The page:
Liver Transplants for Alcohol-Linked Disease Increased From 2002 to 2016

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Liver Transplants for Alcohol-Linked Disease Increased From 2002 to 2016
Liver Transplants for Alcohol-Linked Disease Increased From 2002 to 2016

WEDNESDAY, Jan. 23, 2019 (HealthDay News) -- The proportion of liver transplants for alcohol-associated liver disease (ALD) increased from 2002 to 2016, according to a study published online Jan. 22 in JAMA Internal Medicine.

Brian P. Lee, M.D., from the University of California in San Francisco, and colleagues characterized trends and long-term outcomes of liver transplants for ALD using data from the United Network for Organ Sharing database. All liver transplants performed in the United States between 2002 and 2016 were assessed; data were included for 9,438 patients with ALD and 23,475 without ALD.

The researchers observed an increase in the proportion of liver transplants for ALD (24.2, 27.2, and 36.7 percent in 2002, 2010, and 2016, respectively). Including patients with hepatitis C virus infection, the corresponding proportion of liver transplants for ALD were 15.3, 18.6, and 30.6 percent, representing a 100 percent increase. Forty-eight percent of the increase was associated with a decrease in hepatitis C virus infection as an indication for liver transplant. The magnitude of increase in ALD correlated with changes in patient characteristics suggestive of alcoholic hepatitis, including decreasing age and increasing score on the model for end-stage liver disease.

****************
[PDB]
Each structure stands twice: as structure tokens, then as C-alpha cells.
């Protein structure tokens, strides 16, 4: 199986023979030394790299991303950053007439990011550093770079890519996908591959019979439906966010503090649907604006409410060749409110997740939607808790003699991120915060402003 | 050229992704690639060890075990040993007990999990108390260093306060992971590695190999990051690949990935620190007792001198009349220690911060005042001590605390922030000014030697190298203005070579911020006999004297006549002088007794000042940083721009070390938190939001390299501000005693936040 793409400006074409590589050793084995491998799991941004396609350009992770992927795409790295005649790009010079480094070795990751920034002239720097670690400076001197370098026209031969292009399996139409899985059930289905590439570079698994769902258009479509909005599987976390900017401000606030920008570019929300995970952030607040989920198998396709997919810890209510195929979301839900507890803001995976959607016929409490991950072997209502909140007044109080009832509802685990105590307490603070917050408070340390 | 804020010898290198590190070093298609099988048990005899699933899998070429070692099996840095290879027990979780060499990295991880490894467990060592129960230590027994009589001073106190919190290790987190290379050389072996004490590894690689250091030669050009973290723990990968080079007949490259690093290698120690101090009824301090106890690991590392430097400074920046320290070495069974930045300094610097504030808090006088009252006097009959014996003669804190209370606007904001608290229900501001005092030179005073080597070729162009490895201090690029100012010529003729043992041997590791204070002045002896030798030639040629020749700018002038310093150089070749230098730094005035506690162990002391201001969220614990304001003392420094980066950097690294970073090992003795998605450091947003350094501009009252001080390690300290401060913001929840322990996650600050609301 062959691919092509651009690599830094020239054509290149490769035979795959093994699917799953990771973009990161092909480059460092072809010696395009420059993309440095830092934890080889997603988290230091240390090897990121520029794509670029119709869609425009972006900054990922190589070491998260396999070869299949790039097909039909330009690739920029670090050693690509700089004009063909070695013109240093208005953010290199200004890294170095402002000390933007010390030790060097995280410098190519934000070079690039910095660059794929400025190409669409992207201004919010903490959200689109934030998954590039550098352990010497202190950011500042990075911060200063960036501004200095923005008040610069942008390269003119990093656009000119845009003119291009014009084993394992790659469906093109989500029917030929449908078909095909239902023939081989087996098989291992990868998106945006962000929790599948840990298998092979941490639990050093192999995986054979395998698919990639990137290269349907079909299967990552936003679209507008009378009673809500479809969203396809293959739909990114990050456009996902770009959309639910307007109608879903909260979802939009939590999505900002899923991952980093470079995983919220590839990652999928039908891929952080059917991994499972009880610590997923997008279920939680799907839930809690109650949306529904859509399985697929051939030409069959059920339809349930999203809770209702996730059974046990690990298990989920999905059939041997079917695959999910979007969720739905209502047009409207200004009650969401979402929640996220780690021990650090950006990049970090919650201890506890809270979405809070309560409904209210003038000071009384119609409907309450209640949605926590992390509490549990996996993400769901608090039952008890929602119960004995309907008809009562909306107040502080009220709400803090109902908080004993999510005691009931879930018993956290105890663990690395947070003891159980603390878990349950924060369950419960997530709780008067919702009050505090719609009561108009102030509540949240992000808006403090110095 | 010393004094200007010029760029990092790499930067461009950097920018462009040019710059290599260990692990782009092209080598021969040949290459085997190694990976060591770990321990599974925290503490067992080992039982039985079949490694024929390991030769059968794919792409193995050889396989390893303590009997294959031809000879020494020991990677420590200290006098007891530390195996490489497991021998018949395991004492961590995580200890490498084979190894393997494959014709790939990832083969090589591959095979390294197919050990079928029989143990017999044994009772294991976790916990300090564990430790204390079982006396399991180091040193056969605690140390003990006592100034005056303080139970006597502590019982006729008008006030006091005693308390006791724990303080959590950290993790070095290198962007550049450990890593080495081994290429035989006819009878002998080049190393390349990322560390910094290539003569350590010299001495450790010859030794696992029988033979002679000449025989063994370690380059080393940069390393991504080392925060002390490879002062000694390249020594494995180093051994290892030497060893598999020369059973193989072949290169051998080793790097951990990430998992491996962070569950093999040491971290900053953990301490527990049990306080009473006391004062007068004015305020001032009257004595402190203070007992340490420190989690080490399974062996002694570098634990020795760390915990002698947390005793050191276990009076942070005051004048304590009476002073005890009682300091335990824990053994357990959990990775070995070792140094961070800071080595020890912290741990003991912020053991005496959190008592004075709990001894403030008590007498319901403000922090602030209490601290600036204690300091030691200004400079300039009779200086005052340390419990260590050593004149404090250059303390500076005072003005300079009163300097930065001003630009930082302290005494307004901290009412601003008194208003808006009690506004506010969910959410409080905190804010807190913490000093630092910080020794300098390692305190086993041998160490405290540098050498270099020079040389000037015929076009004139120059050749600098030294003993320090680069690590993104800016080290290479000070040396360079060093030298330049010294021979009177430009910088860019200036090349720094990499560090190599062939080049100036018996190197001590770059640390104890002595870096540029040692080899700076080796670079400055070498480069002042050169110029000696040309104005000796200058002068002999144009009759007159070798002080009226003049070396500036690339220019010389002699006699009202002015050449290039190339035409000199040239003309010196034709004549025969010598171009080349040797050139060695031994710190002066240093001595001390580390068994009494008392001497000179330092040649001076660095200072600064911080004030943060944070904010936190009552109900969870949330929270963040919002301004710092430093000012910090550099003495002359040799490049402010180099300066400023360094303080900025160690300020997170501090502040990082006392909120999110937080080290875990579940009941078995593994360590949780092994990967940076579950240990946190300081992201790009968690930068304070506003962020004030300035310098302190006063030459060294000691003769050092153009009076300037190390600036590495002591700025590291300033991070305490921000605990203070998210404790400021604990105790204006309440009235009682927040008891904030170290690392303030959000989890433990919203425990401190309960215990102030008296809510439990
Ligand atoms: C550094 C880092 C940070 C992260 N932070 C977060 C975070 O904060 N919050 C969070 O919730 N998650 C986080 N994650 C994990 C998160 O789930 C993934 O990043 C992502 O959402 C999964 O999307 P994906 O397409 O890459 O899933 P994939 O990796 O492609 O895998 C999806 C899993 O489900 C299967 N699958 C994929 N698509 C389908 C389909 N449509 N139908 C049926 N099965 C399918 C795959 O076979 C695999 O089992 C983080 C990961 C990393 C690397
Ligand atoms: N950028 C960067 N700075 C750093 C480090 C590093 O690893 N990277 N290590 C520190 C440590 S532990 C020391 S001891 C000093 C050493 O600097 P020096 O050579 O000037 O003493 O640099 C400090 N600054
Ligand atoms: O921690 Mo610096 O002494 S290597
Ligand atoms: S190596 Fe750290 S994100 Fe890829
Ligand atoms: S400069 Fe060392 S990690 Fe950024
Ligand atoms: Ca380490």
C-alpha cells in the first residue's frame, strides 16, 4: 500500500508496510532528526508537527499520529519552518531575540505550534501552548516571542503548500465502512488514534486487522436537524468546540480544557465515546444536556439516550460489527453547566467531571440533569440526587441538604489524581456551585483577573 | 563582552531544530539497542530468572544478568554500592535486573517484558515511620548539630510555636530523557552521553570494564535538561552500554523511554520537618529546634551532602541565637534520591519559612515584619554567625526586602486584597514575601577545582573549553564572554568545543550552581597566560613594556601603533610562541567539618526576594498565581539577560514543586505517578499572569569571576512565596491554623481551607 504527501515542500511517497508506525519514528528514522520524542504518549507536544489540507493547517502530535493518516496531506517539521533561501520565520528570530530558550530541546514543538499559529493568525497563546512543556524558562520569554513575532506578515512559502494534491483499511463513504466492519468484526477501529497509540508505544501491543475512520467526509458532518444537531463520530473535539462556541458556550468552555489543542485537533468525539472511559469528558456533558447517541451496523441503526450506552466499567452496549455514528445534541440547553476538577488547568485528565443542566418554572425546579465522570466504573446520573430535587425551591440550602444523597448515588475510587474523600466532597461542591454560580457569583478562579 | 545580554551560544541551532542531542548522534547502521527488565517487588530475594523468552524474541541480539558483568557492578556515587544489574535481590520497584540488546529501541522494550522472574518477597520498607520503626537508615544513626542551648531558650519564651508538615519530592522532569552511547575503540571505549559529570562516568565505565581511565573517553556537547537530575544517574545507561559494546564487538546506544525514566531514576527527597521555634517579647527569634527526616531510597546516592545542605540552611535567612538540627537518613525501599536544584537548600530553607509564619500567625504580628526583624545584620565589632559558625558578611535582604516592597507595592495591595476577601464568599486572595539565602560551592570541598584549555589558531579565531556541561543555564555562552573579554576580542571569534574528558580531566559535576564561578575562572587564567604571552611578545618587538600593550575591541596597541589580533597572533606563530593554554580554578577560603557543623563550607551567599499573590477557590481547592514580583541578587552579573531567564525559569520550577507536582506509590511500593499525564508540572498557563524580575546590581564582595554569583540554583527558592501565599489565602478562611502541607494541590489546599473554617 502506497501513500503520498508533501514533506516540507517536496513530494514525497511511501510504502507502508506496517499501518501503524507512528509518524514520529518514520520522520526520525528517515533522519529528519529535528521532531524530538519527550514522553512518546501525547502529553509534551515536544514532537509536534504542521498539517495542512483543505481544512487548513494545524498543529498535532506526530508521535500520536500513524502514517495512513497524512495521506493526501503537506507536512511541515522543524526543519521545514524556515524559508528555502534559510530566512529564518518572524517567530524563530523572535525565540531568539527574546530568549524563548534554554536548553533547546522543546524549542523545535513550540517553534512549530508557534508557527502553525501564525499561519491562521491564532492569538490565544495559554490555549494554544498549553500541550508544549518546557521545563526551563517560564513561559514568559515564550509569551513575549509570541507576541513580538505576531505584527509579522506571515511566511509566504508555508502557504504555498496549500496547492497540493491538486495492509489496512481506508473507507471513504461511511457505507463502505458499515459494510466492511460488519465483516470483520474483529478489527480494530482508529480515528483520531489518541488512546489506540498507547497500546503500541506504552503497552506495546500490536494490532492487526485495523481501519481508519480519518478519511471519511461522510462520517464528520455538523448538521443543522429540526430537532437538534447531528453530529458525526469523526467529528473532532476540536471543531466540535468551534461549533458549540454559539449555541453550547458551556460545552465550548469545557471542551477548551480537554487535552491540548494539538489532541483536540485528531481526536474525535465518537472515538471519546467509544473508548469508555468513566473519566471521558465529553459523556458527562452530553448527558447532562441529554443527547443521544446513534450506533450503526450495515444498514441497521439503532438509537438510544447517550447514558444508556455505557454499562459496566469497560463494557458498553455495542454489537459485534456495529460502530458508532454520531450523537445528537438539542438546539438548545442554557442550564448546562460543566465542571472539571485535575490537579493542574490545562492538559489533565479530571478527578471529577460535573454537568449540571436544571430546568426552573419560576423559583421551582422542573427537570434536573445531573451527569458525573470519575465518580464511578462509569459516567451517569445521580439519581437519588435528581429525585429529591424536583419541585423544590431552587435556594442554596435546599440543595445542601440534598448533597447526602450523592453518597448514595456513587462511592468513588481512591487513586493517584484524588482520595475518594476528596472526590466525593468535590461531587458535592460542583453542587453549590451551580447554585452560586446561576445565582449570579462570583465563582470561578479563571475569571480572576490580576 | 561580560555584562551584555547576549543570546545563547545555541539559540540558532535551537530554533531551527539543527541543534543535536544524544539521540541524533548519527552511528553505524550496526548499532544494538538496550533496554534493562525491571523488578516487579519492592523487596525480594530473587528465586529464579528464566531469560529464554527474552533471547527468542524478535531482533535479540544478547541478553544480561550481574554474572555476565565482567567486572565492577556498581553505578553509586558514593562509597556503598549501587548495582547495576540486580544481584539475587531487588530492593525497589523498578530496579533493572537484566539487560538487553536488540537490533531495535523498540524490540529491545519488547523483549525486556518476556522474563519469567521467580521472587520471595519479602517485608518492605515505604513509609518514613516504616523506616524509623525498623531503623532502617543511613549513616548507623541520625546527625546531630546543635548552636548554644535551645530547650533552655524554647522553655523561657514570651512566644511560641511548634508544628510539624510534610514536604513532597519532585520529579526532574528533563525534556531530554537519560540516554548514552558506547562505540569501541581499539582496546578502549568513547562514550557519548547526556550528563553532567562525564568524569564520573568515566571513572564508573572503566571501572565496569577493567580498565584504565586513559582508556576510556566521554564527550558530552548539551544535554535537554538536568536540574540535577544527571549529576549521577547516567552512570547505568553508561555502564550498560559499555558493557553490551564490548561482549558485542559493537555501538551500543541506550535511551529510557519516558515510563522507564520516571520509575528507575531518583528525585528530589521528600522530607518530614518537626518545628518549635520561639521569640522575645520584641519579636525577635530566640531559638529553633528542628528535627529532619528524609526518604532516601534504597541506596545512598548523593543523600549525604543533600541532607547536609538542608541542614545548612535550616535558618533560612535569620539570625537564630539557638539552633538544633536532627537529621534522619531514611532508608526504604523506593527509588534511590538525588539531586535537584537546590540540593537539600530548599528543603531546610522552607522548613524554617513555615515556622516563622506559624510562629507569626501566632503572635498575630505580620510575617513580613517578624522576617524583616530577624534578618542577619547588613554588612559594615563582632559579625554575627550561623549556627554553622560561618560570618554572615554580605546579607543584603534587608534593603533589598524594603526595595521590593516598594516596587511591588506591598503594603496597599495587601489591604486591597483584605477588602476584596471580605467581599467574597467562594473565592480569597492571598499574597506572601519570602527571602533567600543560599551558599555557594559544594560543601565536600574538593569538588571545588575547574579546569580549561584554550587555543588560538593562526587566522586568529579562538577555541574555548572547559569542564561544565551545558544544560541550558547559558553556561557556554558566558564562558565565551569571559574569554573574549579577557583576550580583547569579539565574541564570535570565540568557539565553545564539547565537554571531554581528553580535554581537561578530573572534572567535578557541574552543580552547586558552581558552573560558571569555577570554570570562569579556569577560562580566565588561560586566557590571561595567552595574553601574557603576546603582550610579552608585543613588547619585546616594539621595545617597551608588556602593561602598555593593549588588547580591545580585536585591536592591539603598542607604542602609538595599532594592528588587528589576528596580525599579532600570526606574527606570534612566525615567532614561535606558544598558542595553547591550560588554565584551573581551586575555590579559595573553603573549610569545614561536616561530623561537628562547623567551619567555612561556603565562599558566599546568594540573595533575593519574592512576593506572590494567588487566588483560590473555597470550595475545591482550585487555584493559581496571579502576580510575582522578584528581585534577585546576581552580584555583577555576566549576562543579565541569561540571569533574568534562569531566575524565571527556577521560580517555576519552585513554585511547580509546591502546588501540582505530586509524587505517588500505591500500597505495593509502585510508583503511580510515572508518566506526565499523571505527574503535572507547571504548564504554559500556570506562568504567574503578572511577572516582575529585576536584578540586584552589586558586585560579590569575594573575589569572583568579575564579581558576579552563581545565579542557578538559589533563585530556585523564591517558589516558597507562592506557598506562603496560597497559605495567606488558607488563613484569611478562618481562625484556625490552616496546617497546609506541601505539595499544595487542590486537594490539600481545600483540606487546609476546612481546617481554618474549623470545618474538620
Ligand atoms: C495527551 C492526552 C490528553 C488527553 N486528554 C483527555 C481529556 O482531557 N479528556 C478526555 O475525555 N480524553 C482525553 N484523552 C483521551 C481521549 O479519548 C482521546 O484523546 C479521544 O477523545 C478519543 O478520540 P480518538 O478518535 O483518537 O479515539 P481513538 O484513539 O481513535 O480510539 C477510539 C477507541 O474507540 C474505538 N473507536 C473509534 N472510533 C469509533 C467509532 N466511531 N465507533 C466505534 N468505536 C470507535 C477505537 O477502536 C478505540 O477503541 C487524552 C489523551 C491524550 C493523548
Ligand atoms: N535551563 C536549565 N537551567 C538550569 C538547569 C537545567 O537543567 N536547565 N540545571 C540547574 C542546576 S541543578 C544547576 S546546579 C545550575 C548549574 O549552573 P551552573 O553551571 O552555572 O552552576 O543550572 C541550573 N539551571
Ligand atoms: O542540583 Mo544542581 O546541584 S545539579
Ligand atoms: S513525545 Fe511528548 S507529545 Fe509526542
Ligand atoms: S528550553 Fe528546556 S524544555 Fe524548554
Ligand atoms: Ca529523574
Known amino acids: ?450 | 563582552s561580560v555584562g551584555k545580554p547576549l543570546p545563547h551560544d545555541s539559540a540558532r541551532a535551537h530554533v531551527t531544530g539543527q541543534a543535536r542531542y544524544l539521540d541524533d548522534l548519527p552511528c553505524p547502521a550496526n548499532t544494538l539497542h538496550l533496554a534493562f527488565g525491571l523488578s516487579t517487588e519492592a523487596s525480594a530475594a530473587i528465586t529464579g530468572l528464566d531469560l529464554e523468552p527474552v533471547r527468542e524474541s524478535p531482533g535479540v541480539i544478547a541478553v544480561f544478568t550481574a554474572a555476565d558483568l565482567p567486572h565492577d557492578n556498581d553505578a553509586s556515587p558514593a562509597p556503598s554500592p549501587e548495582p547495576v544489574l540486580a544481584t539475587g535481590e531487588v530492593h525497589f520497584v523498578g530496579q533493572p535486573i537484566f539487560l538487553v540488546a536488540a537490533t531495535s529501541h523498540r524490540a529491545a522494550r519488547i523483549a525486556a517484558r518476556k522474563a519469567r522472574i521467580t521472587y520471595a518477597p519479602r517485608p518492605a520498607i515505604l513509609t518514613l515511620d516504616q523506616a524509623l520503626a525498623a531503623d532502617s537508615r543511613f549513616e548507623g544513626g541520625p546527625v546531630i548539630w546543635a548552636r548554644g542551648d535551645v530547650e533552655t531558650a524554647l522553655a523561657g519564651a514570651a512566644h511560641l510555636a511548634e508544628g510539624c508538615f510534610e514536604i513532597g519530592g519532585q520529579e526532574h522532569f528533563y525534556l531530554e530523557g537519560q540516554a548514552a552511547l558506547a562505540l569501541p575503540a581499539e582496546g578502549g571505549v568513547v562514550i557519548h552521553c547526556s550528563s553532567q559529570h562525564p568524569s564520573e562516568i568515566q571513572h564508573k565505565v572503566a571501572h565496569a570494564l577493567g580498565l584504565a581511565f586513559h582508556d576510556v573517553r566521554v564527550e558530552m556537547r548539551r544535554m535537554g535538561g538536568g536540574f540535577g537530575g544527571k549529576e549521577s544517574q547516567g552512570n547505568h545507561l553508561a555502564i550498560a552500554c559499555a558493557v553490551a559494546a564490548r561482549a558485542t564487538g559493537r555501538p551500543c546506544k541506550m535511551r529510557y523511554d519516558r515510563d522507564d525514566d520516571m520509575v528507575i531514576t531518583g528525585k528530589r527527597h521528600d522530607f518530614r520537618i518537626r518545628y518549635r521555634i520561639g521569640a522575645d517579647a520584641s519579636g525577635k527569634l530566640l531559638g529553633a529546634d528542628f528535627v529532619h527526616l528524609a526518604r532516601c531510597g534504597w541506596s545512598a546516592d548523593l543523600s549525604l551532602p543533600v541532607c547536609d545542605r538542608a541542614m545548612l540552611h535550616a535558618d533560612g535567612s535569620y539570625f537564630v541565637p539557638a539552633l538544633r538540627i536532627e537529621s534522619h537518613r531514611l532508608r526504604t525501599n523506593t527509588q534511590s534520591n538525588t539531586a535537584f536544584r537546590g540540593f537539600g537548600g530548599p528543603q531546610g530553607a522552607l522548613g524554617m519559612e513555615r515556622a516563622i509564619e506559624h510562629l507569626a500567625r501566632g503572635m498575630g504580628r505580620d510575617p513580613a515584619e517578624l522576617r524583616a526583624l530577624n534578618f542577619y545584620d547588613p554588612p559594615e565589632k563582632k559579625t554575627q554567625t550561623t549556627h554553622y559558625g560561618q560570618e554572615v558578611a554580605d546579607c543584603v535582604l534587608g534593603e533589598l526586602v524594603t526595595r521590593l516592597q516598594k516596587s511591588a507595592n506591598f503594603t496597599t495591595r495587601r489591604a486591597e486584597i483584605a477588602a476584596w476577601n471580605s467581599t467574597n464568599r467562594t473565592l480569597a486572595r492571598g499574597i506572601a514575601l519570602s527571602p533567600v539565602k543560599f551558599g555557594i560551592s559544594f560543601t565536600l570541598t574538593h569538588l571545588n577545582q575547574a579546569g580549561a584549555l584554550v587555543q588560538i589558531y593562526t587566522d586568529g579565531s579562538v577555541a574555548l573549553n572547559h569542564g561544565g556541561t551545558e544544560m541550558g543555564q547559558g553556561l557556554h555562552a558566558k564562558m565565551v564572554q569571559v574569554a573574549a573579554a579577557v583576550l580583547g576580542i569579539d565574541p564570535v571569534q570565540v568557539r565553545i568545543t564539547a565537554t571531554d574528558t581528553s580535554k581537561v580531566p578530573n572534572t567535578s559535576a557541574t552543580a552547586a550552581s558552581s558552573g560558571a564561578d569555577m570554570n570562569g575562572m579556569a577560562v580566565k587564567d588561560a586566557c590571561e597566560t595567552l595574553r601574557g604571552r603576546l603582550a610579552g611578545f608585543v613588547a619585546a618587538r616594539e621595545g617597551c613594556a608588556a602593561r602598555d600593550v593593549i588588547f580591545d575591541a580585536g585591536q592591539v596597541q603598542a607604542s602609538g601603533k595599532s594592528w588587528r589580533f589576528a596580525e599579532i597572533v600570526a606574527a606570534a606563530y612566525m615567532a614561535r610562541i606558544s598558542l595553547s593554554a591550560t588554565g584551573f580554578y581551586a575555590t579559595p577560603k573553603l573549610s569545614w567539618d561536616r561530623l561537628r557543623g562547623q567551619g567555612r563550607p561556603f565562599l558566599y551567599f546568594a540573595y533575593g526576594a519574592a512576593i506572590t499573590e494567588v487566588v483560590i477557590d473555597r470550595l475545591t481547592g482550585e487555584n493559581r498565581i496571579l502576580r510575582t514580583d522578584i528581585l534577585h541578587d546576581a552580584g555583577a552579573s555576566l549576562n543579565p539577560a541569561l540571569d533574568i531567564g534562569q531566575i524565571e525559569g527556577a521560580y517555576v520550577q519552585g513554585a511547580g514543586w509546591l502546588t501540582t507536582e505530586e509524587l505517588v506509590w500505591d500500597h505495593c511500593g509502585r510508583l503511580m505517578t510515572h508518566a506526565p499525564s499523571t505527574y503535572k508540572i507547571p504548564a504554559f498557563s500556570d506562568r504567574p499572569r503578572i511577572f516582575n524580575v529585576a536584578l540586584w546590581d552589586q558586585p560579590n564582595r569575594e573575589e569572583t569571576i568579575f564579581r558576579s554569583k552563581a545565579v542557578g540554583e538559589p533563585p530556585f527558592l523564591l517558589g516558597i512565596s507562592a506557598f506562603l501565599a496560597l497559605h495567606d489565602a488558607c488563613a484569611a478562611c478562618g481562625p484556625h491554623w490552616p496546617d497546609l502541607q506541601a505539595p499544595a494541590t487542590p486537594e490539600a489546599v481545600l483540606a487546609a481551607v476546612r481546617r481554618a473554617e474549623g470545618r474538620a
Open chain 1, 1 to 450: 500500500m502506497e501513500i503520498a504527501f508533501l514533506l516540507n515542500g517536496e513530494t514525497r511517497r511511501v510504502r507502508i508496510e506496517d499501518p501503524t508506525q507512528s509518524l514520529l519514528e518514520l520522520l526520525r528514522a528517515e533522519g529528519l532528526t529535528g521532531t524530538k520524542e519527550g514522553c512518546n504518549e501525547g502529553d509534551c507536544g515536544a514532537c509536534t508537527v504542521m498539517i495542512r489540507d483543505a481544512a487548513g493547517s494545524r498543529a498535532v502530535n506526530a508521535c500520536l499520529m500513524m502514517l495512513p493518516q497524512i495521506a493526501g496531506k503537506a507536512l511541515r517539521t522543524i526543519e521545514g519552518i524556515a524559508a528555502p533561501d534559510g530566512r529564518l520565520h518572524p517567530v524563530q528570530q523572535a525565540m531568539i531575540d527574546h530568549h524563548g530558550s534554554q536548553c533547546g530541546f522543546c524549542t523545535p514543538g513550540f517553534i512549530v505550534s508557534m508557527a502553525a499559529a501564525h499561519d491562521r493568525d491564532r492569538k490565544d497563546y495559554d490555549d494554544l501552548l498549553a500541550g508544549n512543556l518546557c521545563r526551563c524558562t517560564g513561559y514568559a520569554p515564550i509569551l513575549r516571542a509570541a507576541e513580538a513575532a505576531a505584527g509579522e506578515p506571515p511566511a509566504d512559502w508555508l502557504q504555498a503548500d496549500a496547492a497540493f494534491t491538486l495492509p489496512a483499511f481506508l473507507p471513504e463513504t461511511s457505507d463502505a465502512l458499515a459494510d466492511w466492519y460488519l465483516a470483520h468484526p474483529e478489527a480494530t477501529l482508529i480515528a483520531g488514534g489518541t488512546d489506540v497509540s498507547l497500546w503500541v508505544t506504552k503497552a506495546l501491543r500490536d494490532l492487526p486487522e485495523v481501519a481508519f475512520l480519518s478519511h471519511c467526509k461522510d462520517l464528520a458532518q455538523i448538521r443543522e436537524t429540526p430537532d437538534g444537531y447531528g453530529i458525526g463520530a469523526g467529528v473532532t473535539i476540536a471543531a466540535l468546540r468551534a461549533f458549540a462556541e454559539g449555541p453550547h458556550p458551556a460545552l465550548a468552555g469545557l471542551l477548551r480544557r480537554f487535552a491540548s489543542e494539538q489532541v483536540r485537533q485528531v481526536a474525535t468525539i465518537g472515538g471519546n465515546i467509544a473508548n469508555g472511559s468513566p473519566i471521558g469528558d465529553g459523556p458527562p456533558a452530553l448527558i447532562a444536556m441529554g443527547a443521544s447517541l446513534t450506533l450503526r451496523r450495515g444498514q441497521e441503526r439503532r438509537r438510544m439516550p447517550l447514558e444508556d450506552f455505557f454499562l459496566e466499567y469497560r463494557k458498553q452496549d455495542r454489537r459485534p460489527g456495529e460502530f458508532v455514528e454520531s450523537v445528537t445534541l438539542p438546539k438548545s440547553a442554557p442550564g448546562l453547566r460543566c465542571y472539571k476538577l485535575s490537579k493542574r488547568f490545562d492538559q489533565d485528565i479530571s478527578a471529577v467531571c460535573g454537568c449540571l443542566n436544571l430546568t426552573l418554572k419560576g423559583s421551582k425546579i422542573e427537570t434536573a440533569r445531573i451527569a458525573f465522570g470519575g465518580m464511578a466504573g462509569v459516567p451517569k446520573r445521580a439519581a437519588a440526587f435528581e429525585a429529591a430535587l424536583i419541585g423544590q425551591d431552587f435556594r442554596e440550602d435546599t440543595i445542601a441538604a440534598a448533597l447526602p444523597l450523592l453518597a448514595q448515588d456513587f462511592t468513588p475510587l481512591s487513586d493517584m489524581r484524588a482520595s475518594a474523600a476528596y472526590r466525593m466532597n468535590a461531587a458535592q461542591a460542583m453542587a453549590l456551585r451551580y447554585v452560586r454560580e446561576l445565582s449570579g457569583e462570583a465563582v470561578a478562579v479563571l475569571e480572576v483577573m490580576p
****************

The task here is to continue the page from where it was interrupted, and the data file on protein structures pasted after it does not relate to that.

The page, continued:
"The rapid emergence of ALD as the leading indication for liver transplant may be associated with the decrease in hepatitis C virus infection and shifting attitudes toward the length of pre-liver transplant sobriety necessary to undertake liver transplant for ALD," the authors write.

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